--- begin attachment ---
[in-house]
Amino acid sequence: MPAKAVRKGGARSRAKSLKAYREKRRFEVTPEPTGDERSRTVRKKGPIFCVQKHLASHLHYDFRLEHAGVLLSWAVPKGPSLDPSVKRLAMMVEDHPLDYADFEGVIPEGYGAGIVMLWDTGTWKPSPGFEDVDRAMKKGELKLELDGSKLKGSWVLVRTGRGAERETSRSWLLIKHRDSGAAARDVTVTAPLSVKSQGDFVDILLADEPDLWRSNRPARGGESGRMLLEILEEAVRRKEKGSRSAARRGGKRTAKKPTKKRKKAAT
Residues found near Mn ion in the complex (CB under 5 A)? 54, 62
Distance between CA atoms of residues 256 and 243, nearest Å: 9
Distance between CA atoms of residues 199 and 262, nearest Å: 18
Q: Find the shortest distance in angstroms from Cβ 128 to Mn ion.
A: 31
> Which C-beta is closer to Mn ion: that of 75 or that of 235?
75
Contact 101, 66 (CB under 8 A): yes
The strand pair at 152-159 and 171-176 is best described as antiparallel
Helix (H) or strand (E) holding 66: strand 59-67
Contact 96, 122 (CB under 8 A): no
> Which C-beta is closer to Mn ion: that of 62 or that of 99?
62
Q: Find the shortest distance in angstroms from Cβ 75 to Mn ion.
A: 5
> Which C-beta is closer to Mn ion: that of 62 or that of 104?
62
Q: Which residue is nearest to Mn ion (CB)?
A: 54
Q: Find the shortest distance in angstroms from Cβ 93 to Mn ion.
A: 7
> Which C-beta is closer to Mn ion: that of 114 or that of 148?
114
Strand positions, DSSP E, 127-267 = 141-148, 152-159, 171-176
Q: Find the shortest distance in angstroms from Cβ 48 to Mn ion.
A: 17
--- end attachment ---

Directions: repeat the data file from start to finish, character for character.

[in-house]
Amino acid sequence: MPAKAVRKGGARSRAKSLKAYREKRRFEVTPEPTGDERSRTVRKKGPIFCVQKHLASHLHYDFRLEHAGVLLSWAVPKGPSLDPSVKRLAMMVEDHPLDYADFEGVIPEGYGAGIVMLWDTGTWKPSPGFEDVDRAMKKGELKLELDGSKLKGSWVLVRTGRGAERETSRSWLLIKHRDSGAAARDVTVTAPLSVKSQGDFVDILLADEPDLWRSNRPARGGESGRMLLEILEEAVRRKEKGSRSAARRGGKRTAKKPTKKRKKAAT
Residues found near Mn ion in the complex (CB under 5 A)? 54, 62
Distance between CA atoms of residues 256 and 243, nearest Å: 9
Distance between CA atoms of residues 199 and 262, nearest Å: 18
Q: Find the shortest distance in angstroms from Cβ 128 to Mn ion.
A: 31
> Which C-beta is closer to Mn ion: that of 75 or that of 235?
75
Contact 101, 66 (CB under 8 A): yes
The strand pair at 152-159 and 171-176 is best described as antiparallel
Helix (H) or strand (E) holding 66: strand 59-67
Contact 96, 122 (CB under 8 A): no
> Which C-beta is closer to Mn ion: that of 62 or that of 99?
62
Q: Find the shortest distance in angstroms from Cβ 75 to Mn ion.
A: 5
> Which C-beta is closer to Mn ion: that of 62 or that of 104?
62
Q: Which residue is nearest to Mn ion (CB)?
A: 54
Q: Find the shortest distance in angstroms from Cβ 93 to Mn ion.
A: 7
> Which C-beta is closer to Mn ion: that of 114 or that of 148?
114
Strand positions, DSSP E, 127-267 = 141-148, 152-159, 171-176
Q: Find the shortest distance in angstroms from Cβ 48 to Mn ion.
A: 17